Knowledge Look-up System

Does this apply to you?

  • How much time is lost because of employees inability to effectively use a software tool, piece of machinery, or a lack familiarity with a particular work procedure?
  • If these workers could quickly access a job aid could they finish the task with less delay?

Added Value
ELearning can provide an accessible “knowledge look-up system” that can in turn act as an easy, on-the-spot training solution. This encourages training as an ongoing process rather than a single information overload. Job aids on the esoteric functions within your company will directly increase productivity.

Help Desk Support

Does this apply to you?

  • Has your accumulated training inefficiencies begun to manifest themselves as higher internal help desk support costs?

Added Value
Quality eLearning can address the root and act as a preventative measure to training problems rather than a singular temporary fix provided by help desk support. Effectively training employees and customers will minimize their need to call the help desk for answers to their questions. ELearning projects can significantly decrease your current support costs. When estimating this value, be sure to isolate the support costs specific to the area that eLearning will address in relation to the support coverage area in its entirety.

Informal Support

Does this apply to you?

  • Are more experienced employees excessively distracted by questions from new or ill-trained employees that could be easily avoided by an effective training program?

Added Value
Just as eLearning can minimize help desk support, it can similarly cut productivity costs associated with informal support. Training of this sort can be a knowledge resource center for inexperienced employees and as a result free up both their time and senior employees that otherwise would have been distracted from their job task. This allows all employees to use their time more effectively and focus inter-employee dialogue on important more complex issues and mentoring.

Audit the Training Process

Does this apply to you?

  • Is your business subject to state or federal regulations for which you must certify that your employees have completed the proper training?
  • Do US sentencing guidelines impact the training curriculum at your company?

Added Value
You can audit the training process to show the relevant authorities that the company has trained the specified personnel in the proscribed manner. In the case where an employee breaches a regulation and the company demonstrates that it has taken proactive steps to prevent such behavior through training, then the Federal Government will reduce any fine it may levy against the firm, as outlined in the US Sentencing Guidelines. Defense Contractors, Pharmaceuticals and Investment Banks, to name but three industries, can benefit substantially from online regulatory and ethical compliance training.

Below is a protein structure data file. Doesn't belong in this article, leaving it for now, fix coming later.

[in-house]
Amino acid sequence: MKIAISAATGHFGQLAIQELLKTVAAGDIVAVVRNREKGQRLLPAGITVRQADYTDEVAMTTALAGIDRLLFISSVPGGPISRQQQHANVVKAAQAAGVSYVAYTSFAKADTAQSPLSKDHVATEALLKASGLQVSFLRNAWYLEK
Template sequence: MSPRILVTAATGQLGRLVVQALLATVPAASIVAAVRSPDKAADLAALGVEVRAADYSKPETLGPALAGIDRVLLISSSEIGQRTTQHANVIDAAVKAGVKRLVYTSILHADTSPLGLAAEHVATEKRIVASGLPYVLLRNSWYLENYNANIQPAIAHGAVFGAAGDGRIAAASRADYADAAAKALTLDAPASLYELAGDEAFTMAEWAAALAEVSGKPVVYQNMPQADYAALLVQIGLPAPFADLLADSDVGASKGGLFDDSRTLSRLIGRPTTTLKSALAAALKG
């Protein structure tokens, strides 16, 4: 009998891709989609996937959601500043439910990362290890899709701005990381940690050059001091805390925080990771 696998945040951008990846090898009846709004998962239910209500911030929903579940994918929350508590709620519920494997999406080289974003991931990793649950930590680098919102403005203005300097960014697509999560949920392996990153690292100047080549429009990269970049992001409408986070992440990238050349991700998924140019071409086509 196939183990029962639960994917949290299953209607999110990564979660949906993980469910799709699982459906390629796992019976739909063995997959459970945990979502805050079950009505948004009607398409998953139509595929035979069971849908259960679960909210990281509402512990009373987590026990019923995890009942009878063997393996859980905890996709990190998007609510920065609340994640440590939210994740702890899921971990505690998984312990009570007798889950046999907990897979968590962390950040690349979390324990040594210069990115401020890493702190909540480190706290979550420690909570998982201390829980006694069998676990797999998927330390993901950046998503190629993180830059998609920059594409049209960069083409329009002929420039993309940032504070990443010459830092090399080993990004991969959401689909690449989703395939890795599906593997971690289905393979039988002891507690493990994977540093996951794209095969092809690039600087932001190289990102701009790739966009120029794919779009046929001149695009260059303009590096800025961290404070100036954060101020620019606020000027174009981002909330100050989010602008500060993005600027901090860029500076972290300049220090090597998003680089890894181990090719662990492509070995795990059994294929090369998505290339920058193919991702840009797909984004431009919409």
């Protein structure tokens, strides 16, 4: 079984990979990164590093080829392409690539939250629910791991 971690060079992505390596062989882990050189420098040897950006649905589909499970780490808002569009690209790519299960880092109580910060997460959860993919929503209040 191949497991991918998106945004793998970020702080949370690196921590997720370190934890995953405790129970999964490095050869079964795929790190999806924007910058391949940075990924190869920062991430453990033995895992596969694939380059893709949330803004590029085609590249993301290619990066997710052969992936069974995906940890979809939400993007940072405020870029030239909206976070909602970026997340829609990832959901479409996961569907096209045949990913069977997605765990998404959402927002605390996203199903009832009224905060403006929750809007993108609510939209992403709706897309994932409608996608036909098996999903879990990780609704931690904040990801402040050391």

Reduce Employee Turnover

Does this apply to you?

  • What is the turnover rate within your company?
  • When you conduct exit interviews do departing workers complain about lack of growth and personal development?
  • Do you lose employees to bigger firms that provide superior employee development programs?
  • How much does it cost your firm to hire and make productive a new employee?
  • How many new people do you hire a year?

Added Value
Companies that do not offer meaningful training can find it increasingly more difficult to attract and retain highly motivated individuals. In fact, analysts believe that employees avoid companies that will not invest in their training. When companies do invest in their employees they defect at increasingly lower rates. This can be a substantial benefit.

Sources

  1. ICS Whitepaper – Is E-Learning Worth It?
  2. E-learning Guild – Chapman Alliance, Research Study, September 2010 – ILT and WBT Average Development Costs
  3. http://clomedia.com/articles/view/dos_and_don_ts_for_measuring_cost_benefit_analysis/1